Every so often something pops up in my life, and when it reaches critical mass I feel compelled to write about it. This is one of those things. Thanks to Upworthy, I've been seeing a lot more social justice-related things in my FB feed, in particular, videos and articles about women. 

As a climber and general lover of all things outdoors, and as an adventure therapist, I'm interested in both women's experience in the outdoors and in women in outdoor leadership positions. The videos in this article reminded me that as a society we still have a long way to go...

You mean men and women have different experiences?
     Yep. And not just in the outdoors.

This funny, but super sad, article from The Onion puts the differences between men and women into very black and white biological terms, and lists some of the social issues those differences have creates. It was meant to be a joke, but hits hard as you read and realize how serious the consequences are of simply being born female. It means your life will be different than the other half of the population in very specific ways, and it will have nothing to do with your intelligence, skills, passion or personality.
This must also mean that men and women in leadership roles have different experiences, right?
     Now you are getting it!

This first video sums up the results of a gender study done on women in corporate leadership positions. The second video is a discussion of the study results.  
I grew up ignorant of these differences in perception. It isn't that I didn't experience them, I just didn't understand what I was experiencing. Now as a grown up (sort of), I've found that this kind of discrimination happens on a daily basis. It is noticeably present in my role at work, where often I conduct training sessions or manage diverse groups of people. I constantly feel the pressure of wanting to be seen as "nice," versus wanting to get the job done—two things that shouldn't need to be in conflict.  
Women in outdoor leadership roles experience the same thing, and I would argue, in a higher degree. The wilderness, like business, has historically been a "boys club." So with increasing numbers of women taking their involvement in the outdoors to the next level, it is becoming more and more important to understand the differences between men and women, how they treat each other (and themselves—women can be just as hard on other women), and how that influences things like equality, mental health, physical health and the potential to live a fulfilling life. Not only are we dealing with a topic that has only lately come into scholarly study, but one that has roots in biology, psychology and sociology.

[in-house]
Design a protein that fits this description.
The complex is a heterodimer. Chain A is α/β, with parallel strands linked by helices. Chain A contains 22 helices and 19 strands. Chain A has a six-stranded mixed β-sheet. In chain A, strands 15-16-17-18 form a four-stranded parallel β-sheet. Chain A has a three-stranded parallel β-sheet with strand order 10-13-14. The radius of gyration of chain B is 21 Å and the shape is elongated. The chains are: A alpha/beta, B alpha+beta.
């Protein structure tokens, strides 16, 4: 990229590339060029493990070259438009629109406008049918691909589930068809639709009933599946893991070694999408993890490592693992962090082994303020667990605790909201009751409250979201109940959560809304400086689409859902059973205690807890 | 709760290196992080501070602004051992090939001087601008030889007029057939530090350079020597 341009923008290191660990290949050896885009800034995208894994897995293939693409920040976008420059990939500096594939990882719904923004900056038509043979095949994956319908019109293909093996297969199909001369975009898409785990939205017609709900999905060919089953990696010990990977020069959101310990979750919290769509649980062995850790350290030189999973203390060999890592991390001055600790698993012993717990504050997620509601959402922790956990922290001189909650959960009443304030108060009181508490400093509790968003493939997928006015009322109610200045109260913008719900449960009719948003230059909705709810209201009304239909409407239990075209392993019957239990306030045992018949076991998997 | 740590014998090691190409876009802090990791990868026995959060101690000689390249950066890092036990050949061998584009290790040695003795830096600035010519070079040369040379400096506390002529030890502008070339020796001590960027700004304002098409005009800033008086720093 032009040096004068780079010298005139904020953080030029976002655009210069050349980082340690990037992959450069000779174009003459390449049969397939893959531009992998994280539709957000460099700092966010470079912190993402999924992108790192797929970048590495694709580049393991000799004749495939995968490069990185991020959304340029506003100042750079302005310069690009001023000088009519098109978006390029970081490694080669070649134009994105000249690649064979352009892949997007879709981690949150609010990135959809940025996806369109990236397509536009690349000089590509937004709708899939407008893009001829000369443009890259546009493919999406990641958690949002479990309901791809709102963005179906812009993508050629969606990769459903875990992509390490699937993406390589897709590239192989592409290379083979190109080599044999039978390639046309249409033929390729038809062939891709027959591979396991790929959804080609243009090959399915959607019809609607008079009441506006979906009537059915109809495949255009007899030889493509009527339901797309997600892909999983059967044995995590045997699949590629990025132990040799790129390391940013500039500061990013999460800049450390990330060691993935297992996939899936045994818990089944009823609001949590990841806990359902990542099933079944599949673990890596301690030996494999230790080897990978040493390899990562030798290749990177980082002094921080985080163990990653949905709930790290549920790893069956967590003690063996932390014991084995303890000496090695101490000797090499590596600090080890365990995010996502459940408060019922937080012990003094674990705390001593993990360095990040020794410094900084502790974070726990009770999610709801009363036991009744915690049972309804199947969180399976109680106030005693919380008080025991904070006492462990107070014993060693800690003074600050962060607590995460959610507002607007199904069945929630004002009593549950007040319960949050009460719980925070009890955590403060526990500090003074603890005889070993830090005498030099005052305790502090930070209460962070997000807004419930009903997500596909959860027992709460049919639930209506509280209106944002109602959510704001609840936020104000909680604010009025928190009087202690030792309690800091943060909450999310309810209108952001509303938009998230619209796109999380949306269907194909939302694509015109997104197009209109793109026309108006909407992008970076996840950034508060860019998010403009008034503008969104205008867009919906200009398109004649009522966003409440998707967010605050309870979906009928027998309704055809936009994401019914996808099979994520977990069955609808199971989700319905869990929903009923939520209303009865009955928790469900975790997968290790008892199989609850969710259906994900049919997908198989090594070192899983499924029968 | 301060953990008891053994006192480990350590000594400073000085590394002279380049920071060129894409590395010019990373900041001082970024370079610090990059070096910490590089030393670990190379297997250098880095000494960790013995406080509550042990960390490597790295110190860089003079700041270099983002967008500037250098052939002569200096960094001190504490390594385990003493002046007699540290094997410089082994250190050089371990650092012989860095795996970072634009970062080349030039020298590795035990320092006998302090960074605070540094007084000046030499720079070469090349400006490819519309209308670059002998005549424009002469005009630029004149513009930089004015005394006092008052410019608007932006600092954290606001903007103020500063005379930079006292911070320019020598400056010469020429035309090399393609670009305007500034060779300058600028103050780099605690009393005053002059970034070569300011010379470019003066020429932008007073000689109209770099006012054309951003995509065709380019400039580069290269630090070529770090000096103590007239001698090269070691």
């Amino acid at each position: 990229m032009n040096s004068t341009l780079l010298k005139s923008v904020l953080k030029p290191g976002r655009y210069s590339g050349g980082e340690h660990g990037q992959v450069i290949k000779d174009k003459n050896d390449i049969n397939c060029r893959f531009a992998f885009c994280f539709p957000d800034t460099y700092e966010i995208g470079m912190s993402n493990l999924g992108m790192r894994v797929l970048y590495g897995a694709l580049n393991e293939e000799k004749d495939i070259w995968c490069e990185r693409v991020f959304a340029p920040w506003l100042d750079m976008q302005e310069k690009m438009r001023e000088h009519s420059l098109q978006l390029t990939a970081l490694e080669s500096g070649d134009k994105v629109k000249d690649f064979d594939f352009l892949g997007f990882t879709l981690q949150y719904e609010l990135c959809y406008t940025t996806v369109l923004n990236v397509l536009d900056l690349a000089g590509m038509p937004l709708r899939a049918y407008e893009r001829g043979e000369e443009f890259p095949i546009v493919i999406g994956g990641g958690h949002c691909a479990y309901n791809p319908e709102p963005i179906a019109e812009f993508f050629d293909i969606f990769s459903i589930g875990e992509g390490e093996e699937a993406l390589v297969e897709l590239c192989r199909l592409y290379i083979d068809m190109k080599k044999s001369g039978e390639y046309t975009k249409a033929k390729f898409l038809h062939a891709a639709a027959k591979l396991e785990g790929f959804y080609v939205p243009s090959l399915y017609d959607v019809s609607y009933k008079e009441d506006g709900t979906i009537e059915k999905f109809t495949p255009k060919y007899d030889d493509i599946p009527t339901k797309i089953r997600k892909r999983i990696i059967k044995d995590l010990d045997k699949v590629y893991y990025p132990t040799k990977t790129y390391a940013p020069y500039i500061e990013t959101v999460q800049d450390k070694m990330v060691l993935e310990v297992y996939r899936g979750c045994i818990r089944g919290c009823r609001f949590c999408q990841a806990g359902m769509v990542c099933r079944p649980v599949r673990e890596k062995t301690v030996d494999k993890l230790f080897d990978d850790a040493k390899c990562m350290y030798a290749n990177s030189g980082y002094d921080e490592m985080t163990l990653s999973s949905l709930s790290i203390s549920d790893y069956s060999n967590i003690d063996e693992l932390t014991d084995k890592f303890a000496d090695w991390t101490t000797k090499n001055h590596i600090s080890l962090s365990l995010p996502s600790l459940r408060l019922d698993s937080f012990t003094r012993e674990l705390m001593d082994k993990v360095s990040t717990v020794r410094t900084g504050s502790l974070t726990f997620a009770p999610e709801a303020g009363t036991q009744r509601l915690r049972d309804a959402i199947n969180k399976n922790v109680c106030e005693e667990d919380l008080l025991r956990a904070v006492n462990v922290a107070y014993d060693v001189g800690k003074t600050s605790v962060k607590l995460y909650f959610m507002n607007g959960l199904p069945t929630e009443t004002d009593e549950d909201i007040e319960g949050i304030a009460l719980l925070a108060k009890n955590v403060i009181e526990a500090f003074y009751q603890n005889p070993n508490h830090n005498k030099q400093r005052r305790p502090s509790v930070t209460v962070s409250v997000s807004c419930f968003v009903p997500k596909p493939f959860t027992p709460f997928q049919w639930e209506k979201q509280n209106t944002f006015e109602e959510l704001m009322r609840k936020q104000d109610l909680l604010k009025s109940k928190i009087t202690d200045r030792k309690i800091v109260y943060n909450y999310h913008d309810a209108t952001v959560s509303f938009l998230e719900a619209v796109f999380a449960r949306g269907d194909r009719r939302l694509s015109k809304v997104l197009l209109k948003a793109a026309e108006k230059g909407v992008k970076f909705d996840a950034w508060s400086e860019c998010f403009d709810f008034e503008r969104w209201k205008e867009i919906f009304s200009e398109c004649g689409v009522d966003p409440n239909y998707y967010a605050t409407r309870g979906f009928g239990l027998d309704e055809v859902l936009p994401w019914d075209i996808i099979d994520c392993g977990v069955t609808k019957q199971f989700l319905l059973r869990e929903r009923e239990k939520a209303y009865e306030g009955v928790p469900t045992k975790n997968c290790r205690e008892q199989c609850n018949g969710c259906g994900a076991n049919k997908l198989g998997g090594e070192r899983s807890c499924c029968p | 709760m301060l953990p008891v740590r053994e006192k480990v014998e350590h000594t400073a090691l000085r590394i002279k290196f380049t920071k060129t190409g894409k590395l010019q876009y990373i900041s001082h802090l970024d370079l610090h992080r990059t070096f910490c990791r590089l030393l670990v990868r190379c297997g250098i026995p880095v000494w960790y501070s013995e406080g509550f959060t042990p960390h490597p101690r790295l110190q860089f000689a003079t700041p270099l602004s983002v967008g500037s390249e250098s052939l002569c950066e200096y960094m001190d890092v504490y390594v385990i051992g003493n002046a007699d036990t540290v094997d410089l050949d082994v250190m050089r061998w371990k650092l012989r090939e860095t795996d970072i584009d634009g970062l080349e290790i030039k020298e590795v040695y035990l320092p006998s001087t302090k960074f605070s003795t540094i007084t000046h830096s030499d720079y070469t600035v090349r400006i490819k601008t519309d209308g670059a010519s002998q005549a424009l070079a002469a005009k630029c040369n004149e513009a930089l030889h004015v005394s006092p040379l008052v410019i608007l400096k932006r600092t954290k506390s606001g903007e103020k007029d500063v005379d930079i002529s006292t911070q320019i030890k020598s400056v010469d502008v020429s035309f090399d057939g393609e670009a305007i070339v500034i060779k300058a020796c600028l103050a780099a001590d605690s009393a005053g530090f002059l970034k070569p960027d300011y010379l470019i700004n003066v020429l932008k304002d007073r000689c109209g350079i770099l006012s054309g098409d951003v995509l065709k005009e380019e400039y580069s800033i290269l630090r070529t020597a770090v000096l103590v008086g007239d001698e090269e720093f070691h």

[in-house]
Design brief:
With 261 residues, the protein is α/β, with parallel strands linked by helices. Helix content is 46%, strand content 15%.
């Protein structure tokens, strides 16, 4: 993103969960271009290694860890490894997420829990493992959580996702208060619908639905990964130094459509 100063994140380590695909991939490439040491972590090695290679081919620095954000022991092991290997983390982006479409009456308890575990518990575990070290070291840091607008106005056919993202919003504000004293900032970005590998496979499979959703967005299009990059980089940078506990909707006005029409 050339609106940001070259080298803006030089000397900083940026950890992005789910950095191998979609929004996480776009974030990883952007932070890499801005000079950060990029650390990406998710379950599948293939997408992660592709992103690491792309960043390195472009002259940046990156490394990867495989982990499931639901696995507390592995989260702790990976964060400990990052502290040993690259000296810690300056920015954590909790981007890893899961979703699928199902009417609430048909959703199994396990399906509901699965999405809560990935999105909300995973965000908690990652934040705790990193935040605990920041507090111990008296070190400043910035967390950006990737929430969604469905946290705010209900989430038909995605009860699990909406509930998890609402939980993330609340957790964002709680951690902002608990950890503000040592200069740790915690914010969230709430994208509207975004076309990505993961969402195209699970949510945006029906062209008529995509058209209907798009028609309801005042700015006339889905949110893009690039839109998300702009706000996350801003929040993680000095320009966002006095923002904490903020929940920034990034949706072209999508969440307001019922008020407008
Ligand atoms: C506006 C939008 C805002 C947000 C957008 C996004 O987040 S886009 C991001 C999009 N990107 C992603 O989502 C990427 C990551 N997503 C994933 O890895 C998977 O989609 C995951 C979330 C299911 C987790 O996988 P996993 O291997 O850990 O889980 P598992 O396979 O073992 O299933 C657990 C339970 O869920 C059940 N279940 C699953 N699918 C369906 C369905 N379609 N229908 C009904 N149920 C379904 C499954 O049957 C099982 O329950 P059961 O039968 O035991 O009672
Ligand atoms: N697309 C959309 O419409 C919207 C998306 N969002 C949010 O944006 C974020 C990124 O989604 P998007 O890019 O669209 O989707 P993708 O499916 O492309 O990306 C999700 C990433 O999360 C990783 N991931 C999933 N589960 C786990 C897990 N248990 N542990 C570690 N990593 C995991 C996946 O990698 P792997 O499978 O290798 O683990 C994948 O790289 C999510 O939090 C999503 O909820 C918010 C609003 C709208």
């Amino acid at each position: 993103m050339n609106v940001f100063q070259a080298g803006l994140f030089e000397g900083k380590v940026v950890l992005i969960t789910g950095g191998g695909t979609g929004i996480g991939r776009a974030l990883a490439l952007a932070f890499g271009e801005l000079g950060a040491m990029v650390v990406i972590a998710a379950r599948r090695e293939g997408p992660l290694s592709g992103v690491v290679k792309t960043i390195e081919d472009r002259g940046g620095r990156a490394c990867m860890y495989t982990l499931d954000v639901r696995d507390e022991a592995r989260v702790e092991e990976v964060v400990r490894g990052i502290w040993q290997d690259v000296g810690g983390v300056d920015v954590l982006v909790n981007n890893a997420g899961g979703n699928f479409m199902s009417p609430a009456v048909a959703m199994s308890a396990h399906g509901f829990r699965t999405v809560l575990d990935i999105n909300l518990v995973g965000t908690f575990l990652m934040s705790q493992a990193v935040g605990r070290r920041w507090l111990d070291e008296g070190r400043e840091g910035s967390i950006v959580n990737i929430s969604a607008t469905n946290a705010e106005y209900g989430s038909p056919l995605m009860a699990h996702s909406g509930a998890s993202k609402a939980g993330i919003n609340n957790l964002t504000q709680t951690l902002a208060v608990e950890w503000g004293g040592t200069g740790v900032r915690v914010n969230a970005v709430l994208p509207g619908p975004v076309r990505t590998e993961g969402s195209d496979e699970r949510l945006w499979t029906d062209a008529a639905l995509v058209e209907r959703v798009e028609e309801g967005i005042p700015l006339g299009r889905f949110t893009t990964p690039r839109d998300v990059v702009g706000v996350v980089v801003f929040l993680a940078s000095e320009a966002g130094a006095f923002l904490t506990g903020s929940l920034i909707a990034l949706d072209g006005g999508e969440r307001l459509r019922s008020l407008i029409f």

I wrote about this a little bit before, and as my experience increases, I feel the need to write again. In a conversation I had the pleasure of overhearing, the head scientist where I work shared her experience as a woman in science. Her suggestion to her student was to talk about the problem—that men and women are seen differently—and to keep having that conversation until we as a society have found a way to correct it. 

I plan on writing one or two more posts about this subject, sharing some interesting research that I have found regarding women in the outdoors as well as conversations I've had with women in the outdoor industry. I'd love your thoughts, as well as articles or videos you've seen on the subject to include, so please leave comments below!
In the meantime, you can see where you fall on the Attitudes Toward Women Scale. 


12/11/2013 04:20

True. Very true. It's almost a catch 22 for me. I try not to think about too much, so I'm not making a big deal out of something....but at the same time needs to be tackled head on. We wouldn't be where we are if it weren't for women stepping up and knocking down stereotypes, right? Looking forward to more posts.


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